AMA Therapeutic Insights: Painful Diabetic Neuropathy

The full newsletter Painful Diabetic Neuropathy, prescribing information and CME self-assessment are free for both AMA members and nonmembers.

Peripheral diabetic neuropathy (PDN) develops in more than 50% of patients who have diabetes. Furthermore, it is estimated that approximately 79 million (or nearly 1 in 3) Americans have pre-diabetes based on testing of fasting blood glucose and hemoglobin A1c (HbA1c) concentrations, and in U.S. adults aged 65 years and older, the prevalence is even higher at approximately 50%. It is generally agreed that the prevalence of diabetes will increase if current lifestyles and population trends in obesity do not change.

Diabetic sensorimotor polyneuropathy (DSP) is the most common type of polyneuropathy. The pain is often chronic and disabling leading to impaired physical function, reduced work productivity, reduced social interactions, poor sleep, and impaired quality of life. DSP is a chronic disorder that starts insidiously and is characterized by progressive loss of nerve fibers. Painful symptoms can start at any stage of DSP; symptoms are variable, but include pain in the feet (particularly the soles) that is burning, lancinating, needle-like, tingling, freezing, cramping, or associated with aching or numbness. As DSP progresses, the ankle reflexes are lost, and finally motor symptoms develop later in the disorder. Generally, the diagnosis of DSP can be confirmed readily in a family physician’s or endocrinologist’s office using a monofilament or other simple screening test. A more formal assessment, including a full neurological history and examination with particular attention to painful symptoms, can be performed in order to diagnose PDN. When nerve conduction testing is normal, confirmation of PDN can be achieved through small fiber tests.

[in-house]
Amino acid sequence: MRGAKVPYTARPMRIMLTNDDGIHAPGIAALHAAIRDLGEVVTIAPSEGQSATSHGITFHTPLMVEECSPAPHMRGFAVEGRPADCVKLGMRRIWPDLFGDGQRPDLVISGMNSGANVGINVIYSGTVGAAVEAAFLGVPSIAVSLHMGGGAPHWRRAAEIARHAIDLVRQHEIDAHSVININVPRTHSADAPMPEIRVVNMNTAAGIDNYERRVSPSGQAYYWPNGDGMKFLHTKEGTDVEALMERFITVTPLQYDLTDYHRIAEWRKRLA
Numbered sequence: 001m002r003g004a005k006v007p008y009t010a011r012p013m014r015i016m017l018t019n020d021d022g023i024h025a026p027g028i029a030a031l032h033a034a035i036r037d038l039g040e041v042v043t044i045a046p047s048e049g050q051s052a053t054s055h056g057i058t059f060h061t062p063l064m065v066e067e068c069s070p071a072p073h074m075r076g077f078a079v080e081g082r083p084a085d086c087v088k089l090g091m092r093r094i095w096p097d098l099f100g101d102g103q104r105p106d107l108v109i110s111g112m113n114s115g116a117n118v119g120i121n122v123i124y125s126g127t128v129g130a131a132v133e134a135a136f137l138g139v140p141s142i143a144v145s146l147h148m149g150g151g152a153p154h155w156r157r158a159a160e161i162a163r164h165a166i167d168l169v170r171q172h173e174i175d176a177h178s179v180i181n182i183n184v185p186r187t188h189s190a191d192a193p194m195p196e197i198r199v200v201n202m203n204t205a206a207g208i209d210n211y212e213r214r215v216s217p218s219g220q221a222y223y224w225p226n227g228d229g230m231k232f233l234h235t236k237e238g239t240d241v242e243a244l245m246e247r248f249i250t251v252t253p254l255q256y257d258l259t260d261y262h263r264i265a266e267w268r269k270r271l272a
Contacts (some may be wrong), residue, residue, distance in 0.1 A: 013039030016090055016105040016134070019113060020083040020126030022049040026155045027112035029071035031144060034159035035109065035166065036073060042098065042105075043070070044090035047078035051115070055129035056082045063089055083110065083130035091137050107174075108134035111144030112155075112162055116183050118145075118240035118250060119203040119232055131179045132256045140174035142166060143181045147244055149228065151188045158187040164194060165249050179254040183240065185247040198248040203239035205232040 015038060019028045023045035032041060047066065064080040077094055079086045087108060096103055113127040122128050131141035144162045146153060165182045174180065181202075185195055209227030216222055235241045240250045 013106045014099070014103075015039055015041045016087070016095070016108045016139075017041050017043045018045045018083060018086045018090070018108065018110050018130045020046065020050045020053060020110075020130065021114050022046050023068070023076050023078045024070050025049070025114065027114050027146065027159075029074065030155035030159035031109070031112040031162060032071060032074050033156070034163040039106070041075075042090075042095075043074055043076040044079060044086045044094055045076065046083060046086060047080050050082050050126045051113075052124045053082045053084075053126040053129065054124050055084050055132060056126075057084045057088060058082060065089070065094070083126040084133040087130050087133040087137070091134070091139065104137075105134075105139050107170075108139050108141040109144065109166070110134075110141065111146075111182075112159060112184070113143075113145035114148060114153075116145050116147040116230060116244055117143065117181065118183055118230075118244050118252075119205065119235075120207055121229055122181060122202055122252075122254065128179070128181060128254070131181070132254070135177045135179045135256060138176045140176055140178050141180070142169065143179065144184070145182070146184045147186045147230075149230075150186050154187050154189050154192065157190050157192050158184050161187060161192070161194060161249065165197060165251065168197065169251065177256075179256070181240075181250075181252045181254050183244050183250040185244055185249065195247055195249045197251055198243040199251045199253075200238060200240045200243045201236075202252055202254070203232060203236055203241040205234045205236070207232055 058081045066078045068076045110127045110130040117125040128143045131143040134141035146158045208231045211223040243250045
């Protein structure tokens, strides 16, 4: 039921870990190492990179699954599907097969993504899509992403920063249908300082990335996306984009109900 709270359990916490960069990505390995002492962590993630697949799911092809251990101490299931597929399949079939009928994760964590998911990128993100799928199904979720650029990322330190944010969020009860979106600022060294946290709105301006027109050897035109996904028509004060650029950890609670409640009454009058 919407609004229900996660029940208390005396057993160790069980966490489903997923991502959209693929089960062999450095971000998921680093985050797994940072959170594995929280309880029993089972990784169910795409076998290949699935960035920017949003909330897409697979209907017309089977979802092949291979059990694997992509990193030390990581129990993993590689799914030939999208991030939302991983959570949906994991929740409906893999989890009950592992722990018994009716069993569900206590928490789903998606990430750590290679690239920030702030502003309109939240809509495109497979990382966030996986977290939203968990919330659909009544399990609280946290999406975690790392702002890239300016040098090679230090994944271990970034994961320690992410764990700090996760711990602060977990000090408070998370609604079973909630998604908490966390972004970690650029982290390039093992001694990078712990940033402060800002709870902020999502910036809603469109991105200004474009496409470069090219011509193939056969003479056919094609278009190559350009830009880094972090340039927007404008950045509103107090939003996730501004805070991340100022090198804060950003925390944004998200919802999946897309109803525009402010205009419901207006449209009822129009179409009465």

No effective disease-modifying interventions are generally available for established PDN. It is important to appreciate that improved glycemic control will not result in alleviation of painful symptoms of PDN. Patient expectations need to be managed to avoid disappointment and lack of compliance with a healthier lifestyle. With regard to symptomatic treatment, evidence-based guidelines support the use of certain anticonvulsant drugs [pregabalin and gabapentin], antidepressants [duloxetine and amitriptyline], opioid analgesics, some topical agents [capsaicin cream and isosorbide dinitrate spray] and transcutaneous electrical nerve stimulation in the management of PDN. Among the prescription drugs recommended in the guideline, duloxetine and pregabalin are FDA-approved for PDN.

In Painful Diabetic Neuropathy physicians will learn to:

  • Describe the typical pathophysiology and clinical syndrome comprising painful diabetic neuropathy.

  • Explain complicating and clinical risk factors for painful diabetic neuropathy.

  • Implement strategies for the appropriate diagnosis of painful diabetic neuropathy.

  • Compare his/her current approach to treatment at the national level with professional guideline recommendations.

View the full newsletter Painful Diabetic Neuropathy and learn how to receive CME credit. Newsletters are available to all physicians, not just AMA members.